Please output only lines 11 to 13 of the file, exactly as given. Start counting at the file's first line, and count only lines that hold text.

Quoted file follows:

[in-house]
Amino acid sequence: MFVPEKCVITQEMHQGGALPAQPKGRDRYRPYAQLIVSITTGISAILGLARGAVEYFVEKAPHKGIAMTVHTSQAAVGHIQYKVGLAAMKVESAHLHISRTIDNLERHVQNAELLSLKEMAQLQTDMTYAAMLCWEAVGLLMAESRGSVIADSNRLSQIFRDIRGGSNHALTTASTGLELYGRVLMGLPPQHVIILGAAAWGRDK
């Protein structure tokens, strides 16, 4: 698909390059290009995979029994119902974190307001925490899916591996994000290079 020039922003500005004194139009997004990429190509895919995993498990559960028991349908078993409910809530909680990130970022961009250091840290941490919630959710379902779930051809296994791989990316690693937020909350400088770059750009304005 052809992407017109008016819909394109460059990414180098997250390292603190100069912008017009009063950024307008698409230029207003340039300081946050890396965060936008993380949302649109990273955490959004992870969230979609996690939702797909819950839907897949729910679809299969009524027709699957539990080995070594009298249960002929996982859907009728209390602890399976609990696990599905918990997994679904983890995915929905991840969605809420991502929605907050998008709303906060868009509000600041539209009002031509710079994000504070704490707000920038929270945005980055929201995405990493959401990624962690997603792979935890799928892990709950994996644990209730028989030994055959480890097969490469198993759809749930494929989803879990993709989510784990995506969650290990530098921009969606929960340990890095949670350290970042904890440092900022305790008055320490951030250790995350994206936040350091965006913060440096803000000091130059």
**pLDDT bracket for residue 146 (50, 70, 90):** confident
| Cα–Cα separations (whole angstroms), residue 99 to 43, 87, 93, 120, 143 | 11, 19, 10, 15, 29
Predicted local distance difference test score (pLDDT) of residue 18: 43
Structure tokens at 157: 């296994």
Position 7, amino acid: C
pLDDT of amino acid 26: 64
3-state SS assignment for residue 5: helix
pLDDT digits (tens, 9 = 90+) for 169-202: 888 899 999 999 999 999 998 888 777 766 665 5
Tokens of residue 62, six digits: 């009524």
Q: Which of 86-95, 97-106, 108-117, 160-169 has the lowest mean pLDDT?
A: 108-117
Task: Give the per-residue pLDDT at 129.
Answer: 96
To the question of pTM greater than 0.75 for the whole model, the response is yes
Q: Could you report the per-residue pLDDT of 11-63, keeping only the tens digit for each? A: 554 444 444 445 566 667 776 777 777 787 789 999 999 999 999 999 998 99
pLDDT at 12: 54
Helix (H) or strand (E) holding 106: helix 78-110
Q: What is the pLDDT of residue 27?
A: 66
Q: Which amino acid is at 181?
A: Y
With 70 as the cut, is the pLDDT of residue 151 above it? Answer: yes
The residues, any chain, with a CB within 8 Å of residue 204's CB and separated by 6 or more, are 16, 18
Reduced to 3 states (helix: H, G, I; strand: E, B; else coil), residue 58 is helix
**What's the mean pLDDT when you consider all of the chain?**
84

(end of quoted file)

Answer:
pLDDT digits (tens, 9 = 90+) for 169-202: 888 899 999 999 999 999 998 888 777 766 665 5
Tokens of residue 62, six digits: 């009524």
Q: Which of 86-95, 97-106, 108-117, 160-169 has the lowest mean pLDDT?